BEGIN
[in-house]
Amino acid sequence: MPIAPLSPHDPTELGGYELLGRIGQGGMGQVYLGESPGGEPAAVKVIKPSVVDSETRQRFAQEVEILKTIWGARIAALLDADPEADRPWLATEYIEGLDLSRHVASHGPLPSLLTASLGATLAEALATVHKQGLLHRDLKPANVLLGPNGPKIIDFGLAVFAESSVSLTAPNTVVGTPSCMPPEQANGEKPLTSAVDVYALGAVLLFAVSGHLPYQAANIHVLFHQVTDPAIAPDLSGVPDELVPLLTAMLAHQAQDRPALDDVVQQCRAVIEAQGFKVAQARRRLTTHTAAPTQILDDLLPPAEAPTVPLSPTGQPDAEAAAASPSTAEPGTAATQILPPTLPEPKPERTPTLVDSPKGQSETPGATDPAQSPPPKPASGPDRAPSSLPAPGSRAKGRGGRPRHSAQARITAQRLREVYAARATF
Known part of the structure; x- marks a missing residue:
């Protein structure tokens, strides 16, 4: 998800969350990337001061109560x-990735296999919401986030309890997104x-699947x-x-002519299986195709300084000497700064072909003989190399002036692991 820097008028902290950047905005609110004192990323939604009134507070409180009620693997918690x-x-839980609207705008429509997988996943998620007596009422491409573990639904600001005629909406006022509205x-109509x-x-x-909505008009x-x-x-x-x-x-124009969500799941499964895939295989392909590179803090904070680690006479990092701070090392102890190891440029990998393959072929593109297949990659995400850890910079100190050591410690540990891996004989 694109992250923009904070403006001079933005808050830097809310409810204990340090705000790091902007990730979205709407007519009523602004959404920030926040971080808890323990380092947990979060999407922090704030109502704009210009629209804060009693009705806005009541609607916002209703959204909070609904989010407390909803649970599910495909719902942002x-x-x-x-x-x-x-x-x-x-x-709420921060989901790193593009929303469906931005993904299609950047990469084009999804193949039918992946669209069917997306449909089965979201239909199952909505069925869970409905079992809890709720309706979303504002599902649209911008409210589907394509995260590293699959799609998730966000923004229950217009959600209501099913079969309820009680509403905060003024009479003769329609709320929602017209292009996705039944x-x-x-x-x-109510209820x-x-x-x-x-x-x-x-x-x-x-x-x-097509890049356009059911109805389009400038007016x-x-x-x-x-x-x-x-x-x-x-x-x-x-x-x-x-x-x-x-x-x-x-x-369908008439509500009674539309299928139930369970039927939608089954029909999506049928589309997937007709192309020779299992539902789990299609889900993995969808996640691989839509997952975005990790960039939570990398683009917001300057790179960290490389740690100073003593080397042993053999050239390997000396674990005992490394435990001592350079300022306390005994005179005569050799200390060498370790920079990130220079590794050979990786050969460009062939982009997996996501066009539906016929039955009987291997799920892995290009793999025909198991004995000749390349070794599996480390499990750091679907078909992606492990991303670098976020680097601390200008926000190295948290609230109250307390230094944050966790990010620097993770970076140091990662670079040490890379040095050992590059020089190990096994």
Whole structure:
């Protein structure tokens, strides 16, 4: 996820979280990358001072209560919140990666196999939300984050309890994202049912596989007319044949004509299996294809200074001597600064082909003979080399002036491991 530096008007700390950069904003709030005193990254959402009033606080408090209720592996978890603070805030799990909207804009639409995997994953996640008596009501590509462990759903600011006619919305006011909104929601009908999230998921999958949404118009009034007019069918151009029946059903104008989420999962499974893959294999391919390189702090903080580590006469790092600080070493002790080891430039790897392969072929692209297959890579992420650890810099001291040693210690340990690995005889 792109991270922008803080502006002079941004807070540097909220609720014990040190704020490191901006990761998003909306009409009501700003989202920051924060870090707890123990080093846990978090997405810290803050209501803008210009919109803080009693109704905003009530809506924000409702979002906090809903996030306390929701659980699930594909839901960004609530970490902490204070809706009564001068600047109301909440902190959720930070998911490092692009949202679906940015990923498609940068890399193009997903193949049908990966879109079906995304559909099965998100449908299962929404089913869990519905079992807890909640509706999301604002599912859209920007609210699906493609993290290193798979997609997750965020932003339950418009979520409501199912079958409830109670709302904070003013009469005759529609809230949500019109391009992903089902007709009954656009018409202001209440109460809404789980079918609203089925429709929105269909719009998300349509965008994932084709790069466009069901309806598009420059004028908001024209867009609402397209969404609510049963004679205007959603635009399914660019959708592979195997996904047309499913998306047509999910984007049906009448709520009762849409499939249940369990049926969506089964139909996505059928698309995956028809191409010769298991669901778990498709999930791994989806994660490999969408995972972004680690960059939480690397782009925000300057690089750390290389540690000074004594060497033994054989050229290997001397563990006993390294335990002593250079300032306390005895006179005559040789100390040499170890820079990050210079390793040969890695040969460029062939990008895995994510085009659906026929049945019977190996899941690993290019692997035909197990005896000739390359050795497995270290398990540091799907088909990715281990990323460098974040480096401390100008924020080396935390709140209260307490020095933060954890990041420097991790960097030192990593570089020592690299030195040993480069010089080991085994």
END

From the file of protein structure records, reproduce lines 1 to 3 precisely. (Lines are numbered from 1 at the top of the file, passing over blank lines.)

[in-house]
Amino acid sequence: MPIAPLSPHDPTELGGYELLGRIGQGGMGQVYLGESPGGEPAAVKVIKPSVVDSETRQRFAQEVEILKTIWGARIAALLDADPEADRPWLATEYIEGLDLSRHVASHGPLPSLLTASLGATLAEALATVHKQGLLHRDLKPANVLLGPNGPKIIDFGLAVFAESSVSLTAPNTVVGTPSCMPPEQANGEKPLTSAVDVYALGAVLLFAVSGHLPYQAANIHVLFHQVTDPAIAPDLSGVPDELVPLLTAMLAHQAQDRPALDDVVQQCRAVIEAQGFKVAQARRRLTTHTAAPTQILDDLLPPAEAPTVPLSPTGQPDAEAAAASPSTAEPGTAATQILPPTLPEPKPERTPTLVDSPKGQSETPGATDPAQSPPPKPASGPDRAPSSLPAPGSRAKGRGGRPRHSAQARITAQRLREVYAARATF
Known part of the structure; x- marks a missing residue: